The college years are an exciting time of exploration and self-discovery, but they’re also one of the most financially difficult times in your life. Many new students are saddled with large amounts of student loan debt from their schooling, as well as higher costs of living due to more expensive rent and food prices than they’re used to at home. Luckily, life insurance can help students pay off these expenses in the event of untimely death, allowing them to focus on their studies without having to stress about money at the same time.
1) Protect Your Family
If your life is cut short, you want to be sure that your family will be well taken care of. Life insurance is designed to do just that—make sure your loved ones aren’t burdened with debt or left in dire financial straits after your death. As a student, it’s important to note that one (or two) policies won’t take care of all future needs, but they can make an important impact on what your family might do when you pass. Here are some things to consider when deciding how much life insurance you should get 1. How old are you? Generally speaking, younger people need less coverage than older people because they have more time to build up assets and plan for their families’ futures. But if your children are young and still relying on you financially, then buying more coverage could help protect them in case something happens to you before they become self-sufficient adults. Plus, by getting a policy early enough, you could potentially qualify for lower premiums than someone who buys later in life due to age rating factors such as health conditions and smoking habits. Keep in mind that if any dependents rely on your income, then buying enough coverage could also provide tax benefits.
2) Buy Peace of Mind
It’s easy to put off paying premiums because you don’t have any life insurance, but waiting will only make matters worse. For example, if you pass away suddenly and unexpectedly, your family may struggle financially for years—even decades—if your survivors are forced to liquidate assets or take out loans against your mortgage. And that’s if they can even collect on your policy at all! You might think a $500,000 term life insurance policy is out of reach for someone just starting their career; however, many companies offer policies with low cost-of-living adjustments (COLAs) and reduced premiums for young adults who use long payback periods. Don’t let money stand between you and peace of mind. Start investing now!
3) A Good Return on Investment
The earlier you start investing, your money can grow with compounding interest. This means that if you invest $1,000 today, over time, it will be worth much more than $1,000. Compounding allows for exponential growth on your investment capital. The sooner you start investing and saving for your future, the more valuable those investments will be later on down the road. As an example, let’s say you invest $10,000 at age 20. If your investments earn 7% per year, by age 65 they will have grown to over $100,000. However, if you had waited until age 30 to make that same investment ($10k), by age 65 they would only be worth about $25k – because of missed opportunities to compound your earnings! By starting early and making smart choices about where to put your money (like life insurance), students can take advantage of these benefits and set themselves up for financial success later in life.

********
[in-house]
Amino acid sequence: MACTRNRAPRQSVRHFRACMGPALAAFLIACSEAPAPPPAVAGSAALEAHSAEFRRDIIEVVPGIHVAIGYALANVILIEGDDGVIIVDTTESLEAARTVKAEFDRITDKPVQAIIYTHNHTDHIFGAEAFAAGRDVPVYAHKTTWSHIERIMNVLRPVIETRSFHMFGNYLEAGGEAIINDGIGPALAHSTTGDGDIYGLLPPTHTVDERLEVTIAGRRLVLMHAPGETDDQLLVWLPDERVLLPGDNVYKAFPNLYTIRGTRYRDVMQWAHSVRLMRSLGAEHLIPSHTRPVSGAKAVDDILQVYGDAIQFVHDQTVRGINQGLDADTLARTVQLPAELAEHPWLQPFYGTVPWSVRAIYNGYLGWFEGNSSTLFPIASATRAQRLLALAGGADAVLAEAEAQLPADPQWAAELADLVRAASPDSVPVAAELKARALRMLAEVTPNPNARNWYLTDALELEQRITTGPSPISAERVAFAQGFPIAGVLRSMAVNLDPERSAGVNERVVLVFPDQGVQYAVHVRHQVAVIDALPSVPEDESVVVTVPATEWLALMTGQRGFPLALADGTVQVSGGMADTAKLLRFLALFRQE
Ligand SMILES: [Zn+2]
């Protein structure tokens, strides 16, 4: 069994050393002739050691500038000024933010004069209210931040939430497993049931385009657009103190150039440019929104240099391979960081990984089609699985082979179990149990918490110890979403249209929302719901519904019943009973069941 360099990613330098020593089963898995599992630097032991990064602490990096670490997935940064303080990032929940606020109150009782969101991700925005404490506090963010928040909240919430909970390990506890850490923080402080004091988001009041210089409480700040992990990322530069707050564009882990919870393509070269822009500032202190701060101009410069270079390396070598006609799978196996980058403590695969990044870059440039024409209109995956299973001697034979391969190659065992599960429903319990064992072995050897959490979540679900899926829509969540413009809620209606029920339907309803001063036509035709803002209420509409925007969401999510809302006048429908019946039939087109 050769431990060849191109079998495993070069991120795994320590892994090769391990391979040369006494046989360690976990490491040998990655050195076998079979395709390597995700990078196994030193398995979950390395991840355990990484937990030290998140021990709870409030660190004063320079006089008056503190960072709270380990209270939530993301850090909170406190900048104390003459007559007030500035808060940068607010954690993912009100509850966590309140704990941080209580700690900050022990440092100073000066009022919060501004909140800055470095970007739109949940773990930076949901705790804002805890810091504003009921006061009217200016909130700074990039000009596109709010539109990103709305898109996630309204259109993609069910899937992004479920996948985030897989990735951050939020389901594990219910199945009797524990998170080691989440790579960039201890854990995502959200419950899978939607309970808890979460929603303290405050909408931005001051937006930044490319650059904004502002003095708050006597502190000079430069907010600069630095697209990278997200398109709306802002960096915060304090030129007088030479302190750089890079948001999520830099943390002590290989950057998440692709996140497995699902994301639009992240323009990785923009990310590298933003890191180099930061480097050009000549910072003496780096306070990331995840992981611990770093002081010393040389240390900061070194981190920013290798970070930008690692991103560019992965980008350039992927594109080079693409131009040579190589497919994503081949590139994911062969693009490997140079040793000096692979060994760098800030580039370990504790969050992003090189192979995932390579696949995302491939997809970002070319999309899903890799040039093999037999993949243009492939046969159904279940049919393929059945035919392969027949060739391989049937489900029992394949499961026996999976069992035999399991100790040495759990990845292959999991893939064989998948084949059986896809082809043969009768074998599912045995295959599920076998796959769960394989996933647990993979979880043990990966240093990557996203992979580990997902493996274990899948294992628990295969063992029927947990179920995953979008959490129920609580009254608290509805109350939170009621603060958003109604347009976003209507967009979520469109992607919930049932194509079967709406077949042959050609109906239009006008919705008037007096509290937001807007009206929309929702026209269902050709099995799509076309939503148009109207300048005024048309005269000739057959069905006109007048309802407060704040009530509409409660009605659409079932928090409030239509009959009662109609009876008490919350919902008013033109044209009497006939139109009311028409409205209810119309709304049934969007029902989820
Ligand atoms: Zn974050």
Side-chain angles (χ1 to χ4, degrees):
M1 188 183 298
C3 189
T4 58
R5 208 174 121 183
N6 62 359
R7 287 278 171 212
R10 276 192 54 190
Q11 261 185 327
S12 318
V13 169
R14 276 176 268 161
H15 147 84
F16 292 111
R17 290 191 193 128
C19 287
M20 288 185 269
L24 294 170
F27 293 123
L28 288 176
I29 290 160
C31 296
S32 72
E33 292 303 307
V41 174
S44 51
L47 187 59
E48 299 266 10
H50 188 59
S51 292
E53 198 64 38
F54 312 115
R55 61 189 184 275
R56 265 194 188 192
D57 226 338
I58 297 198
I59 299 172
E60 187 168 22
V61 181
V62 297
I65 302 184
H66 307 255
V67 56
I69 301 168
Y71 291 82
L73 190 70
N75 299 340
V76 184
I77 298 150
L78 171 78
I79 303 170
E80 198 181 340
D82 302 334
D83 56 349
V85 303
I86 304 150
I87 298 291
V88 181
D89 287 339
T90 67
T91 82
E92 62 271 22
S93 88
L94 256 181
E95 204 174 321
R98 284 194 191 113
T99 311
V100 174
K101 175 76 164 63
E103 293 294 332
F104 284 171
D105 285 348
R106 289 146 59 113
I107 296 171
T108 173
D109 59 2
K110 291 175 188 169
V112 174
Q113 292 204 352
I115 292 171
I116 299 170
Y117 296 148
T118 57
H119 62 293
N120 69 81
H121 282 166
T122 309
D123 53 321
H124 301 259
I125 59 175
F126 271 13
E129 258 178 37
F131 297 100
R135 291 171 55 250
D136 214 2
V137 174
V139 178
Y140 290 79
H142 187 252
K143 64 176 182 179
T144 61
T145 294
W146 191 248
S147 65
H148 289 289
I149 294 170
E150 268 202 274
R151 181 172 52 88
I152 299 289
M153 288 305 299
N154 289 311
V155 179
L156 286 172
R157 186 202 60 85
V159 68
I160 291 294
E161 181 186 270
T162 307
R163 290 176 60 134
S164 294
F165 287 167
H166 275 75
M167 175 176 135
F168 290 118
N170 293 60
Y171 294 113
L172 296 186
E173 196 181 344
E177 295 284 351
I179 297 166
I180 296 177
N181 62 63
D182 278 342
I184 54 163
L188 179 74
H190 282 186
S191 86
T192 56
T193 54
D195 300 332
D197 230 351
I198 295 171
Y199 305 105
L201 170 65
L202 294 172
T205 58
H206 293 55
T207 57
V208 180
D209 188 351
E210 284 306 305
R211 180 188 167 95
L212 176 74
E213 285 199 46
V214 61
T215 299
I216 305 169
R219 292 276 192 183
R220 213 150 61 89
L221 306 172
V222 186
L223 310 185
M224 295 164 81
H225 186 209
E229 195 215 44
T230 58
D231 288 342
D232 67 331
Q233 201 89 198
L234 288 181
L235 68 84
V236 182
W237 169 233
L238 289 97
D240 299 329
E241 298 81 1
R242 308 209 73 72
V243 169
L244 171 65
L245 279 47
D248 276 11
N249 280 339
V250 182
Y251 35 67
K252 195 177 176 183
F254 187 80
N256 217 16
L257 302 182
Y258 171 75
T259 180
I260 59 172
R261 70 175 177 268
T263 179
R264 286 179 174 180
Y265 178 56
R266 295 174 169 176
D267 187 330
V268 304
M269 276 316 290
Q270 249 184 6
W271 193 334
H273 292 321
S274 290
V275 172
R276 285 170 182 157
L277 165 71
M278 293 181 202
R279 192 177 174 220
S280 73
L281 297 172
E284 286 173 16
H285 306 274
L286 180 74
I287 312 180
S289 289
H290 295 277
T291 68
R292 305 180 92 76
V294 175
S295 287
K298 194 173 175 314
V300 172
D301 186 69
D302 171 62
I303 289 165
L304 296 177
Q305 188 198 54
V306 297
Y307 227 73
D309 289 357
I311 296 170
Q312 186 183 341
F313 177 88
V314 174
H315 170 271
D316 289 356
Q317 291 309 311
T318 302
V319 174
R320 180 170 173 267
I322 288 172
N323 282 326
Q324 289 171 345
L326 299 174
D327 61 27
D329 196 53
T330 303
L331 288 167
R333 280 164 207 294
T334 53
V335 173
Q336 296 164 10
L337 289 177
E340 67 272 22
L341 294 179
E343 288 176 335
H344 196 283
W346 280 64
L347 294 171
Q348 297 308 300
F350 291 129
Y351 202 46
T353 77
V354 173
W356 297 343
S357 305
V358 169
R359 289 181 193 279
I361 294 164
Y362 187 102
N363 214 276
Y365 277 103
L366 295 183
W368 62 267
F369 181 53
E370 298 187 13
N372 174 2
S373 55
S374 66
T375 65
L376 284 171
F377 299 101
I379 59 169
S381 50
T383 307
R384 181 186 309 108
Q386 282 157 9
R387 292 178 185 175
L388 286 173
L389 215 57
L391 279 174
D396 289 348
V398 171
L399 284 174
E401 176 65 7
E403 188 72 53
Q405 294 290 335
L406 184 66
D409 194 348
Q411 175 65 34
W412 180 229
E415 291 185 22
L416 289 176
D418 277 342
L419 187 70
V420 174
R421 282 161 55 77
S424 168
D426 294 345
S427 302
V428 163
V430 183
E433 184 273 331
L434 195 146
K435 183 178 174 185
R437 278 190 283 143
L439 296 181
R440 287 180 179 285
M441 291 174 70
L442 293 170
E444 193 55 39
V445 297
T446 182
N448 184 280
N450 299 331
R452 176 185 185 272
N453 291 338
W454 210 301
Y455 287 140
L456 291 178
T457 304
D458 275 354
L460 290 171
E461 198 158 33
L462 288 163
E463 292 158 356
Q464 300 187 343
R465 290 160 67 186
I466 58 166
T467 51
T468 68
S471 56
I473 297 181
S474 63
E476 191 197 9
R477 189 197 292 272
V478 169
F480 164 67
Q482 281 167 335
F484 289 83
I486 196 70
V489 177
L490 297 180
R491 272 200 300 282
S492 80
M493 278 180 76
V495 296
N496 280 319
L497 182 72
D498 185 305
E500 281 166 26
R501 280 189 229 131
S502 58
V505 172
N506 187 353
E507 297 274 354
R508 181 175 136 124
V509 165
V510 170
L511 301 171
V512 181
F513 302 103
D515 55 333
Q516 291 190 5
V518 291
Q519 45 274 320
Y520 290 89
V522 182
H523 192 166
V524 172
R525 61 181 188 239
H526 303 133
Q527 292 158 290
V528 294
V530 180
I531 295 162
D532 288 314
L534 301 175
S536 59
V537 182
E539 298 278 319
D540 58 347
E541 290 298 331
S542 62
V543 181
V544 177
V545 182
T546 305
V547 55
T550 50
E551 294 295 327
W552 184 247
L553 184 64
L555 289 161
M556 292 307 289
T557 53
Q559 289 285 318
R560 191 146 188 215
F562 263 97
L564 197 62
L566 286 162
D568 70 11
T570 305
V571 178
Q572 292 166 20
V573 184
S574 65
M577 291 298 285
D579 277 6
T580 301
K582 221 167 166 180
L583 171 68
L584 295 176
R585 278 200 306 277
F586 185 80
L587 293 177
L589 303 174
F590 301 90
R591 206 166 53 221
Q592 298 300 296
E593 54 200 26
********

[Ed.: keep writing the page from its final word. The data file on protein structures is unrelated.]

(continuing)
4) A Great Way to Save for Retirement
According to Harvard University, The younger you are when you start saving for retirement, the more time your investments have to grow before you need them. Furthermore, if those investments earn compound interest over their lifetime — and there’s no reason they shouldn’t! — then you’ll be rewarded with thousands more dollars than if you’d been late to jump on board. Finally, since life insurance premiums aren’t taxed (unlike retirement account earnings), it’s possible to put away even more cash by purchasing a policy early. So start building your nest egg now! Your future self will thank you later.
Money isn’t just meant to provide an income; rather, it can also serve as collateral that lenders trust due to its ability to pay out should a borrower default on their loans. In other words, money is an asset that has resale value and can function in place of traditional assets like real estate or stocks. Because life insurance acts similarly to money – and has resale value – some people use it as collateral for loans. For example, if you had enough money saved up for 15 years worth of life insurance premiums but not enough for 20 years’ worth, an insurer would likely accept your savings offer at 80 percent face value because they’d still receive eighty percent of what they were owed at settlement.